“What we achieve inwardly will change outer reality.” —Plutarch
“The Environmental Studies program benefits immensely from its ties to the University’s English department. Though Environmental Studies is popularly understood as social and natural science-based, scholars of the Humanities have made key contributions to our collective understanding of humanity’s relationship to the environment.” —University of Oregon, CAS Environmental Studies Program
Raising awareness about environmental challenges and sustainable food systems depends, at least partly, on our ability to diversify and integrate our message. As it happens, the sustainability movement has broad application to the humanities. This has given rise to, among other sub-genres, Environmental Literature (e.g., green romanticism, environmental apocalypse, environmental nonfiction), Environmental Sciences (e.g., Animals, Science, and Society; People and Plants: Feast or Famine; Soils and Wetlands); and Social Sciences (e.g., Agriculture and Natural Resources Policy; Environmental Communication, Cultural Geography).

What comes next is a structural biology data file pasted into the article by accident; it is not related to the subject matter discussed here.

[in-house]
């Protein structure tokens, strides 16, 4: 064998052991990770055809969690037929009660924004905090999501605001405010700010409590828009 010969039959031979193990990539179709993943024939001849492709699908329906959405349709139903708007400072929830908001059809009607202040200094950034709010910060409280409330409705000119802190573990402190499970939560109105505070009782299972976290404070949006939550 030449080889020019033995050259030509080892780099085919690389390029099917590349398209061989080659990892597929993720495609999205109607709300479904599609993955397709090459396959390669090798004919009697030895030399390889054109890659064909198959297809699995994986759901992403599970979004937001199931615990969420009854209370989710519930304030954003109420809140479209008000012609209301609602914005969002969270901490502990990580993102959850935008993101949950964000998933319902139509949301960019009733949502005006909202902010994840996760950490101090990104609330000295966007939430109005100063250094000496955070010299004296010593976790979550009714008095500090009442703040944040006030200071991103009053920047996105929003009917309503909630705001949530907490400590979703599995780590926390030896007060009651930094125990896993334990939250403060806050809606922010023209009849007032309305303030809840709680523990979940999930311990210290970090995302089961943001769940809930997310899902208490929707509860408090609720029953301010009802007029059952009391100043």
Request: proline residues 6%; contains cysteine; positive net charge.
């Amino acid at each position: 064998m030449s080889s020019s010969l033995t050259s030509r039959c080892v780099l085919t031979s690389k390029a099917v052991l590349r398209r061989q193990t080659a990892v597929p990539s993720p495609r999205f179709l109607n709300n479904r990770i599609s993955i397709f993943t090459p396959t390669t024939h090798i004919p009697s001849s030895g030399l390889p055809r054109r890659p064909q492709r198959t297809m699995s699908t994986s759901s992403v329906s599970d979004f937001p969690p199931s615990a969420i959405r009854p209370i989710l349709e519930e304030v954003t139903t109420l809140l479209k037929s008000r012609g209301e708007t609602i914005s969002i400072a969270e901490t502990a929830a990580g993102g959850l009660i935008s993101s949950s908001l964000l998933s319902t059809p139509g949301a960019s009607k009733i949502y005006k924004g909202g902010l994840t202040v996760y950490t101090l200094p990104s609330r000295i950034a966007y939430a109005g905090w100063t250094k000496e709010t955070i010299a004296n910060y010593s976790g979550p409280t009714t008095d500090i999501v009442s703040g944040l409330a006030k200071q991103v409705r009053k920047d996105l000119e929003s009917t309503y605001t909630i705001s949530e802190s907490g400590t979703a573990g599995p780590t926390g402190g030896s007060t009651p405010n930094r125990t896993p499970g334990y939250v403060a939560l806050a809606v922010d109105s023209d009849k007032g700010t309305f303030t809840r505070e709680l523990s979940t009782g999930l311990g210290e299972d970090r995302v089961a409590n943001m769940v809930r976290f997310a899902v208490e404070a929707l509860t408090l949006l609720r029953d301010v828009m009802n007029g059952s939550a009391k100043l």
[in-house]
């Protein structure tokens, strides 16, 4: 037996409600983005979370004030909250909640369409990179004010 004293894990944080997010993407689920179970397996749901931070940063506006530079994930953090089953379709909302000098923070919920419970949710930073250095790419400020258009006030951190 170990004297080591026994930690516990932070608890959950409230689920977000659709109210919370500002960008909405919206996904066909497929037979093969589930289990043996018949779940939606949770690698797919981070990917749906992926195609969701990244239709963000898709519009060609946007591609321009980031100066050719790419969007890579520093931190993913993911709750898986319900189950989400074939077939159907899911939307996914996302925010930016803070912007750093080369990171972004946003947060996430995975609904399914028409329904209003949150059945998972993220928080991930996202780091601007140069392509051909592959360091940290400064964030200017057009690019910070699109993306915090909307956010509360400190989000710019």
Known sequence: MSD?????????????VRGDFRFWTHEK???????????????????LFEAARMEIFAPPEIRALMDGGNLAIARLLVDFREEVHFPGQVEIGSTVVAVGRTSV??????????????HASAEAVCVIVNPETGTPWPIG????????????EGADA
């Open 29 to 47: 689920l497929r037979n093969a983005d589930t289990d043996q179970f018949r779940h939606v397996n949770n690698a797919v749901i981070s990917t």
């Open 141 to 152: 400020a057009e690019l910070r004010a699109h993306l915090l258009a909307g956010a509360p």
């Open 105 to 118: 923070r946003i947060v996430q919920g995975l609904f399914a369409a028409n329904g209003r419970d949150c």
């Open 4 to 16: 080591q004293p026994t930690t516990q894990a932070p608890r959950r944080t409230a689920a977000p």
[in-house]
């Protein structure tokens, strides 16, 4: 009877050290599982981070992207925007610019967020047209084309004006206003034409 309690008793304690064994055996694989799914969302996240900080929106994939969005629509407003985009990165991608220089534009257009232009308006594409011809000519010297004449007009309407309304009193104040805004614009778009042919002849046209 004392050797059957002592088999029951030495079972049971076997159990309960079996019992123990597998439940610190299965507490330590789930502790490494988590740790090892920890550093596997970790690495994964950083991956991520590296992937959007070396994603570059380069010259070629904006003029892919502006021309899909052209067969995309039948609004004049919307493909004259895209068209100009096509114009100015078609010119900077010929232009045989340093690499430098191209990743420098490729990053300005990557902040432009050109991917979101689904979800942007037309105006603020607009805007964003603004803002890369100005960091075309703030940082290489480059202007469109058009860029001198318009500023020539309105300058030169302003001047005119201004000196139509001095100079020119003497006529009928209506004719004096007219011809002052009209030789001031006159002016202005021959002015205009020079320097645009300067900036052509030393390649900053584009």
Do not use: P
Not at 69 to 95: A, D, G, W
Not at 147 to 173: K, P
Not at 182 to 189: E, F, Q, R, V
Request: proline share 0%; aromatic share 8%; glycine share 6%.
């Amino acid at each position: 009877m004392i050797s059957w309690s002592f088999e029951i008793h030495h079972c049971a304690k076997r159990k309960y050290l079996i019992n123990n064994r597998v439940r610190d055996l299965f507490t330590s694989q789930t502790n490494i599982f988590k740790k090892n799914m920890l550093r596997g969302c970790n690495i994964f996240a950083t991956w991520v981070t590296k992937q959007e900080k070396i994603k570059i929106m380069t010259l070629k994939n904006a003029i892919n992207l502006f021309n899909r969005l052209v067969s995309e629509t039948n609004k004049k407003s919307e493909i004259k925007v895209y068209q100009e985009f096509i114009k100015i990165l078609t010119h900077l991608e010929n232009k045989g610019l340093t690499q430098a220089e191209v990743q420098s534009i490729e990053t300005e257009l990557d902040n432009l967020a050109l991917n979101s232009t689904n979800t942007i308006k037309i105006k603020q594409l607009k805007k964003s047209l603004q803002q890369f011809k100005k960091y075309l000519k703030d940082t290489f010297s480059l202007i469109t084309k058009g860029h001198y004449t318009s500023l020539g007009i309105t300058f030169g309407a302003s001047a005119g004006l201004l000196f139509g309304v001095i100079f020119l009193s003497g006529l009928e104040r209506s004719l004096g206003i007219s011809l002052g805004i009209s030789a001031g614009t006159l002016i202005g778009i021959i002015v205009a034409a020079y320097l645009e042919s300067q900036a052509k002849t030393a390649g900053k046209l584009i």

The interdisciplinary approach of Environmental Humanities elevates our understanding as surely as nature diversifies her bounty to promote life. Climate change and farming, for example, illuminated by the insight fiction offers, can lead to innovation, reform, reassessment, and overhaul of how and why we do things. Ethical and personal responsibility emerge as valuable attributes against the backdrop of a world in which they seem to be adrift.
Environmental Literature is perched at the crossroads of Environmental Nonfiction and Literature. A relatively new genre, it provides hope, inspiration, sensibility, and new ways of understanding and interpreting art. What was it Einstein said about imagination? “Imagination is more important than knowledge. For knowledge is limited to all we now know and understand, while imagination embraces the entire world, and all there ever will be to know and understand.”
The value of a classic is, of course, its capacity for reinterpretation; if there’s one thing we humans are particularly good at, it’s the art of the remix. “The house of fiction,” wrote Henry James, “is one of many dissimilar windows through which many pairs of eyes watch the same show but see many different things.”